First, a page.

Under Champagne, the Competition Bureau confirmed that they had received a complaint from TekSavvy Solutions Inc. A press release on the ISP’s website stated they were “seeking an investigation into a pattern of anti-competitive activities in wholesale and retail markets for Internet services.”

Independent ISP’s have also called for Ian Scott, the current chairman of the CRTC, to withdraw where there may be a conflict of interest or resign. 

Amazon Opens First Robotics Warehouse in Alberta

Amazon will be creating more than 1,000 jobs with their robotics warehouse in Edmonton .

The gigantic 600,000 square-foot fulfillment centre will be open in 2022 in Edmonton area and will help Amazon customers get their orders faster by shipping their orders from the local warehouse.

This will be a second warehouse in Alberta. The first one was open in Calgary a while ago.

Vibhore Arora, the regional operations director for Amazon, said:

Typically, the misnomer is if it is a robotics centre, you have to be a technical person with a technical background to be able to get a job there,” he said. “That is not the case. We focus heavily on training so anybody who is willing to get trained can actually get one of these operations jobs.

If you are a customer in Alberta and you are ordering something, which is in … one of the two fulfillment centres in Alberta, it will get to you quicker versus if you order an item that’s in Toronto or maybe it’s an (out of stock) situation in Alberta. This is the latest generation of our robotics technology at this new fulfillment centre. We will have millions of products in that building.”


Vibhore Arora

regional operations director for Amazon

Premier of Alberta Jason Kenney said that the move by Amazon shows that they have the confidence in the province.

This is exciting news for Alberta. As we continue to recover from the COVID-19 pandemic, high-tech investments like this will continue to get people back to work as we diversify and look towards the future.

Thank you to Amazon as well for the generosity you’ve shown to community groups in Parkland County with the donation of 200 robotics kits to support STEM learning.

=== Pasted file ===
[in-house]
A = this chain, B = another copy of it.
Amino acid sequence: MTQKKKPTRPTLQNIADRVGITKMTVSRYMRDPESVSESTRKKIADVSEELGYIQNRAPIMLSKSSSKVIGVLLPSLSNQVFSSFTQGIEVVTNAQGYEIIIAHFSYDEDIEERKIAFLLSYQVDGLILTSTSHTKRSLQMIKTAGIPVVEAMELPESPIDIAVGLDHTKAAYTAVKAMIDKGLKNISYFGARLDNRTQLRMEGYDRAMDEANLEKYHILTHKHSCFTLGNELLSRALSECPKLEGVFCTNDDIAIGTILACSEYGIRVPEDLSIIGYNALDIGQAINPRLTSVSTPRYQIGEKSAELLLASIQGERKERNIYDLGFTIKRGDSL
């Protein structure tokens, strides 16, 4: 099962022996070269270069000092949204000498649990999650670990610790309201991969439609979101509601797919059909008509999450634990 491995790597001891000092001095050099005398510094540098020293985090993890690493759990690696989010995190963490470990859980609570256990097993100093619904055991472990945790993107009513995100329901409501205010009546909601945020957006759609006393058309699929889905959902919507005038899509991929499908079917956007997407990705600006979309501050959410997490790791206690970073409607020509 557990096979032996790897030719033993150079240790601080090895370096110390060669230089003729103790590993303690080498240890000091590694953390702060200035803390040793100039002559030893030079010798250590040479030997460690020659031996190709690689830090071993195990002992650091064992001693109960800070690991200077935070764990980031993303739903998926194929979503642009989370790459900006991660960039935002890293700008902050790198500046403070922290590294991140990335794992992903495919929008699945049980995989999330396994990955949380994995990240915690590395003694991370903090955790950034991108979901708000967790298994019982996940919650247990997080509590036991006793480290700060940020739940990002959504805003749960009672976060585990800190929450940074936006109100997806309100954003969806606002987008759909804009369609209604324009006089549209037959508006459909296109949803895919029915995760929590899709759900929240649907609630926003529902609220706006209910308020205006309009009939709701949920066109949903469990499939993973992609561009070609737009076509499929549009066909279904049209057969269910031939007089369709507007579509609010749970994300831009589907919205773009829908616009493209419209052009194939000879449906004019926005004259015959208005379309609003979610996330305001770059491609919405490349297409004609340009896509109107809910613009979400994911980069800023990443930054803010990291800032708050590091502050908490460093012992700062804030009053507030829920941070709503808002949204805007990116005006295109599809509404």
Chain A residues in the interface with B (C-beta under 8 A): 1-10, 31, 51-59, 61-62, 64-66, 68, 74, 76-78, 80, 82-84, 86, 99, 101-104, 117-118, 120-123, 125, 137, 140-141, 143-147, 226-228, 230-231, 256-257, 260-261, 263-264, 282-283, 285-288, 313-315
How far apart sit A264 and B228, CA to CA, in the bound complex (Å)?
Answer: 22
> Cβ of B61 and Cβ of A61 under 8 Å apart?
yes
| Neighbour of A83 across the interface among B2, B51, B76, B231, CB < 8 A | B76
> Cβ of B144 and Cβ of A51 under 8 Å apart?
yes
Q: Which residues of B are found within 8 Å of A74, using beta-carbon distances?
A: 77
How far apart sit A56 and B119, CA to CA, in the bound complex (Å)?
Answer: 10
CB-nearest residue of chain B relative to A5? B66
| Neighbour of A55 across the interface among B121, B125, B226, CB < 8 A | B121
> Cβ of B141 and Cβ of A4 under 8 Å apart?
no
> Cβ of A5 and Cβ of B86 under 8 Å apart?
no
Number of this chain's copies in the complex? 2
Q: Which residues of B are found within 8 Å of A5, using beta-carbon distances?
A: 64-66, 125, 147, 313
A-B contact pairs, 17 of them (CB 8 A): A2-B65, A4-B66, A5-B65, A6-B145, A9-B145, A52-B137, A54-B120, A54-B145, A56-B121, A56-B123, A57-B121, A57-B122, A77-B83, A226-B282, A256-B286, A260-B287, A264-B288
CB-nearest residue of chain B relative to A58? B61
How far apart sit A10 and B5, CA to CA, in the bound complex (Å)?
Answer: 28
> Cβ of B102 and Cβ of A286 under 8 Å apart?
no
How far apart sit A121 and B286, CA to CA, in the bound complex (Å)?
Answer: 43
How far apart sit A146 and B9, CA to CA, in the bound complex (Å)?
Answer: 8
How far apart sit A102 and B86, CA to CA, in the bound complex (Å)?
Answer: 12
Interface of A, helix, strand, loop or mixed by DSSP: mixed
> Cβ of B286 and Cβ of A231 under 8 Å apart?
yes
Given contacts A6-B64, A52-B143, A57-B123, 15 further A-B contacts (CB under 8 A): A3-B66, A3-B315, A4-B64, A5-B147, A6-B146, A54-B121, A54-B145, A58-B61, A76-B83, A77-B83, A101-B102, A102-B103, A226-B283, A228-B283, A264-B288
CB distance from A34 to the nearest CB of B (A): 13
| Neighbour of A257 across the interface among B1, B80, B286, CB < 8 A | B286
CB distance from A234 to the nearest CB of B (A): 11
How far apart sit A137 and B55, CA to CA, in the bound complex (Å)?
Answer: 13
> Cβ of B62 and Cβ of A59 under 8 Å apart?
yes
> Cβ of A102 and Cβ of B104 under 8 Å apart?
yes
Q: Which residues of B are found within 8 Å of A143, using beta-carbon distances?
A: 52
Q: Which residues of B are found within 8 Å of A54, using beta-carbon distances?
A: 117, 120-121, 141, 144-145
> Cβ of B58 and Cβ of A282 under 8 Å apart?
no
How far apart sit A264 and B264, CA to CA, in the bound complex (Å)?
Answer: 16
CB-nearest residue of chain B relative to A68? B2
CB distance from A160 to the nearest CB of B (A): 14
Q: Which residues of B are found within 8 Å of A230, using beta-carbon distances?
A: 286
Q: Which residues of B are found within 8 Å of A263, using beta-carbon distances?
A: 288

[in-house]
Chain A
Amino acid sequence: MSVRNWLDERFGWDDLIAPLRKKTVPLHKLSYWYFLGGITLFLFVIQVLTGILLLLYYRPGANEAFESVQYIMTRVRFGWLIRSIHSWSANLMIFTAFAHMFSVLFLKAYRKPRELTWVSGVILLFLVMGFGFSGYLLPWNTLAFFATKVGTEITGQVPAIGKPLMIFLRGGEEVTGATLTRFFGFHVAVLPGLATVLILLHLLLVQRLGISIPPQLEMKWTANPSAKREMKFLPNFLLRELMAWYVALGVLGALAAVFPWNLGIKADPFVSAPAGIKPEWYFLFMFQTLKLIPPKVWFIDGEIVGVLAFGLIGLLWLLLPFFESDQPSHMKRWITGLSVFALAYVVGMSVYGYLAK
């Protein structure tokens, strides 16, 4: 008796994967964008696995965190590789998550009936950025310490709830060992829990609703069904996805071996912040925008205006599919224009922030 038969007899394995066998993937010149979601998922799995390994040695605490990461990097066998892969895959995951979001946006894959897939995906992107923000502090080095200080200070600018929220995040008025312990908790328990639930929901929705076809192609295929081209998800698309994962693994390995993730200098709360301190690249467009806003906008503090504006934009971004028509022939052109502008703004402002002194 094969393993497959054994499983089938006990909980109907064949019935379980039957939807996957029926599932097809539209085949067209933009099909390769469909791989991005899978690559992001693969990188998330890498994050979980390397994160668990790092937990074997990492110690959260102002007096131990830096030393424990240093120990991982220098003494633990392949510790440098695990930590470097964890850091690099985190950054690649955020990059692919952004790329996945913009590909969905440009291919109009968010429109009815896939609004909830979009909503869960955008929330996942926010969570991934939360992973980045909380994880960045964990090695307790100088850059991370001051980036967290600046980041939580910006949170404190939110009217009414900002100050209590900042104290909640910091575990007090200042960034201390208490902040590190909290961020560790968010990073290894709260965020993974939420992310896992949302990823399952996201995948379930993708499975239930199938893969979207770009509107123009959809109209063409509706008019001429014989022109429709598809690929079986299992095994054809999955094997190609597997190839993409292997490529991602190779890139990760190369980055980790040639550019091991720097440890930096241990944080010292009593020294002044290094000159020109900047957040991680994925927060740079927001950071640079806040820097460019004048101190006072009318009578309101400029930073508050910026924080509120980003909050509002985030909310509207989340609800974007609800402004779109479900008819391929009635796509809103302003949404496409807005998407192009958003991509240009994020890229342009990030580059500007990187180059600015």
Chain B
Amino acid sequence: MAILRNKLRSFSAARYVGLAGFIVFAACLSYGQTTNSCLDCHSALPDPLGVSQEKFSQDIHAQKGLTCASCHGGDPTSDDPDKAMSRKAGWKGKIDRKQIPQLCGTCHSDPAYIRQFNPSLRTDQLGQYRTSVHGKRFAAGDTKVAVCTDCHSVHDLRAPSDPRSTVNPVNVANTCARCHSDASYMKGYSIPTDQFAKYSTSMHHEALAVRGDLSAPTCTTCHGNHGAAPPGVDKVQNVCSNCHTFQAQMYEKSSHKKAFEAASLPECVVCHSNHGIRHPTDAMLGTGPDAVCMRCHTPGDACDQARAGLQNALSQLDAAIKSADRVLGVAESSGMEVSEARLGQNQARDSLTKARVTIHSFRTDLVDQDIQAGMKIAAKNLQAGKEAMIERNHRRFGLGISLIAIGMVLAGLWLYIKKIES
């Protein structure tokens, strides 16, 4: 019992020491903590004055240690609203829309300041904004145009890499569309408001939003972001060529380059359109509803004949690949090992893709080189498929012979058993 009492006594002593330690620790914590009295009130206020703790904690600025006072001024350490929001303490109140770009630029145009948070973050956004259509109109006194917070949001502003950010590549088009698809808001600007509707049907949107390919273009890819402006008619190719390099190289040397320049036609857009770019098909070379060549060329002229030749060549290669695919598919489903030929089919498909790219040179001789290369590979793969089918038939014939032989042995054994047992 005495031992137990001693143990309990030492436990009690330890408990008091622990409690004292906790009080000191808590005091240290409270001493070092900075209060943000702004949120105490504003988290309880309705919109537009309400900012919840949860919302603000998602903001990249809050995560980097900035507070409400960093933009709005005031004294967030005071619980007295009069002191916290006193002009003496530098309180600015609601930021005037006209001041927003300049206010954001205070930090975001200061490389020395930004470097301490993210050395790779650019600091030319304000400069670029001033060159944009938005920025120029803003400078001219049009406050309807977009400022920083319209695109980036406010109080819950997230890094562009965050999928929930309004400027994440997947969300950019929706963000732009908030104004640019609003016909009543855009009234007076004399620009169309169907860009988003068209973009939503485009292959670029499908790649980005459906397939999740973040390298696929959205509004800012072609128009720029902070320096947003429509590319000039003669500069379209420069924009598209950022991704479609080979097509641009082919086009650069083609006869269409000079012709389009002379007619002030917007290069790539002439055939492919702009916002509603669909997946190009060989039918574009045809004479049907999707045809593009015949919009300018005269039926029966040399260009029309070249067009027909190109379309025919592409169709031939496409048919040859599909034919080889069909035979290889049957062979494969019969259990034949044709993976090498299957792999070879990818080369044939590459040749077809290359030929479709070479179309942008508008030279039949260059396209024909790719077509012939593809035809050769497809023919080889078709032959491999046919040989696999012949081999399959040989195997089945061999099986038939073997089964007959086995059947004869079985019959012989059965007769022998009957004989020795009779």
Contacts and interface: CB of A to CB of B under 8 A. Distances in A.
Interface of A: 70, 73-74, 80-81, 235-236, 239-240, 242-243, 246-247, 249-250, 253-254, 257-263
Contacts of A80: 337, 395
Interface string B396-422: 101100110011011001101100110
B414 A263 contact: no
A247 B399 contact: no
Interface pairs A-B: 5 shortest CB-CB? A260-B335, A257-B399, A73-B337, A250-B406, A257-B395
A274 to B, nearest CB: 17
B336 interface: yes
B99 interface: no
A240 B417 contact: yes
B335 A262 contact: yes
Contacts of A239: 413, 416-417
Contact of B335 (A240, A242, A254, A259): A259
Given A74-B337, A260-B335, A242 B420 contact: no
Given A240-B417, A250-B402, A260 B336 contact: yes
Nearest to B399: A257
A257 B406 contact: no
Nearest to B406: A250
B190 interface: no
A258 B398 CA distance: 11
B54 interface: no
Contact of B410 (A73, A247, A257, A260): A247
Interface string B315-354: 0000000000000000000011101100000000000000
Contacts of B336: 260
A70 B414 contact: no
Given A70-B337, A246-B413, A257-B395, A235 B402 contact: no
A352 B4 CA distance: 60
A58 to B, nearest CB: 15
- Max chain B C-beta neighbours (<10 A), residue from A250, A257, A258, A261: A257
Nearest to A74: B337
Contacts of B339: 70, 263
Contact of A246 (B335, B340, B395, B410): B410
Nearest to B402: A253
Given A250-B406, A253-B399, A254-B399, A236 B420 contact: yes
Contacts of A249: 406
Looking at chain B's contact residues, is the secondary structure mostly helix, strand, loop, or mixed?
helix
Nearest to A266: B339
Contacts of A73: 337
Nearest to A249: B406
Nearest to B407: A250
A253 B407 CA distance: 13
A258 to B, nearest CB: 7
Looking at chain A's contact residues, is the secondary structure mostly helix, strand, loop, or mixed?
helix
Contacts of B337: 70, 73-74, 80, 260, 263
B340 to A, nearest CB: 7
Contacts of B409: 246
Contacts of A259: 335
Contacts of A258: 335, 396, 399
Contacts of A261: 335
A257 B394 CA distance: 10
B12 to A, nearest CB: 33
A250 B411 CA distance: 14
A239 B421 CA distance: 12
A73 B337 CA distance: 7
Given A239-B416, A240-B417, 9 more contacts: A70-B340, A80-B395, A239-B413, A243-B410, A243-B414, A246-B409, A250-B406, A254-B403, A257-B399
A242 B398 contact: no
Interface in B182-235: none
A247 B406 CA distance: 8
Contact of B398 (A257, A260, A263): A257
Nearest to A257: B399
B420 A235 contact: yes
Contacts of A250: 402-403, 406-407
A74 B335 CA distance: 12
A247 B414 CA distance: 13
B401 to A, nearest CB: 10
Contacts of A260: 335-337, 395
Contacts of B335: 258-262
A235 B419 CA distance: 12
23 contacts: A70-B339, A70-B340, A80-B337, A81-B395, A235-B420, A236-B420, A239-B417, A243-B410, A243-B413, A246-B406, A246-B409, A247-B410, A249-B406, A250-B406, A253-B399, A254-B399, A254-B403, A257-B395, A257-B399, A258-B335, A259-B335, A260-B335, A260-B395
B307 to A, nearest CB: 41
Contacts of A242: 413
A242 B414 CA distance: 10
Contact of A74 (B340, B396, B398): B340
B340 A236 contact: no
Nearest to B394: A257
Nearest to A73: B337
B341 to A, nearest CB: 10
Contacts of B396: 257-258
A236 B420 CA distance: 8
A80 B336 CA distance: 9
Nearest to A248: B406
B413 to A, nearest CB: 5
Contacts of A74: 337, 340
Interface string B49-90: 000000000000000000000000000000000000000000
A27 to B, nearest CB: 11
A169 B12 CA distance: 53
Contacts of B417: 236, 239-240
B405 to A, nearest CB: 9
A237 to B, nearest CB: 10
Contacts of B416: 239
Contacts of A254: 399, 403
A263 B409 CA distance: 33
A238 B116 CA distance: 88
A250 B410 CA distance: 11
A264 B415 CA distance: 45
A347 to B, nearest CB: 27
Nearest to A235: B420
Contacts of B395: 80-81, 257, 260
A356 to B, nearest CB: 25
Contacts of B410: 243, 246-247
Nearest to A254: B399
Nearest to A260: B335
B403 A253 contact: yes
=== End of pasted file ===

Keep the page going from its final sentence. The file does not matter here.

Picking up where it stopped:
Jason Kenney

Premier of Alberta

Calgary Lures Global Tech Firm, Hiring 1,000 Tech Employees

Calgary scored yet another multinational firm to open its office in Calgary in the coming month.

Mphasis Limited, IT services company based in Bangalore, India, will be setting up Canadian headquarters in Calgary.

Mphasis is looking to hire for 1,000 jobs over the next 3 years.

We have made a bet on the ecosystem play. We made a bet on the fact that we’d find a lot of raw talent.

We think we can create up to 1,000 jobs in the next two to three years, mostly through local demand.

We are delighted that this collaboration will elevate Mphasis’ expansion of its operations in Canada, while promoting [Alberta’s] position as a global hub for next generation technology, including quantum computing.


Nitin Rakesh

Mphasis CEO

Mphasis mainly services banks and insurance companies with their IT solutions and services.

Jobs will be created over the next 3 years and will include development, automation, machine learning, data science and artificial intelligence.

This is a great news for the City of Calgary that has been struggling to gain traction to get technology firms to open up there.

Another company, Infosys, announced 6 months ago, that they will be hiring 500 employees in Calgary as well.

Both companies cite relatively low cost of living and the high quality of life for the reason to move there.

The only downside is the lack of quantity of available IT talent in Calgary. Most high paying IT jobs are in Toronto – so after the oil bust a large number of IT professionals moved out East. Lack of quality IT jobs did not gain Calgary any new IT talent. So it will be interesting to see where these firms will recruit 1,500 IT talent over the next 3 years.

University of Calgary is tackling this problem head on by opening up new programs in IT to their students. The only way to build a great hub is to have available local talent.

“Post-secondaries are critical to unlocking Calgary as the tech centre of North America.

It’s all about not just getting companies here, but allowing companies to expand their business here, because you have the right talent available to them.


Coun. Jeff Davison

Calgary Economic Development

In order for a good ecosystem to survive, you just need great talent and great companies to come together to get the momentum going.